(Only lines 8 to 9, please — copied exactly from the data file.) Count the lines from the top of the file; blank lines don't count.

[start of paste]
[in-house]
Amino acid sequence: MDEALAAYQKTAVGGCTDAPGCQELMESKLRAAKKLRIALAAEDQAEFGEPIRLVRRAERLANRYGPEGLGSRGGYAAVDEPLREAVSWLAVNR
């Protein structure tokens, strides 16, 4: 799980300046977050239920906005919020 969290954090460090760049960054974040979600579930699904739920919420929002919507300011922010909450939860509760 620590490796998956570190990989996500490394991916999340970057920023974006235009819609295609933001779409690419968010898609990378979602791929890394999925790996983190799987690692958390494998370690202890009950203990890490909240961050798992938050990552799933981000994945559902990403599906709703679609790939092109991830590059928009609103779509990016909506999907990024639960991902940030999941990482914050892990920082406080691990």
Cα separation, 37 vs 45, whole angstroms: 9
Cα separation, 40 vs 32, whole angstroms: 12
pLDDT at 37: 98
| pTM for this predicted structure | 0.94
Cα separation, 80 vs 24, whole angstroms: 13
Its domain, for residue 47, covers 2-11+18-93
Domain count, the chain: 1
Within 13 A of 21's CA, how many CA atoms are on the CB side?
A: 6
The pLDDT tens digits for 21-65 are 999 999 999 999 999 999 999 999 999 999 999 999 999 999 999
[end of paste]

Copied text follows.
Cα separation, 80 vs 24, whole angstroms: 13
Its domain, for residue 47, covers 2-11+18-93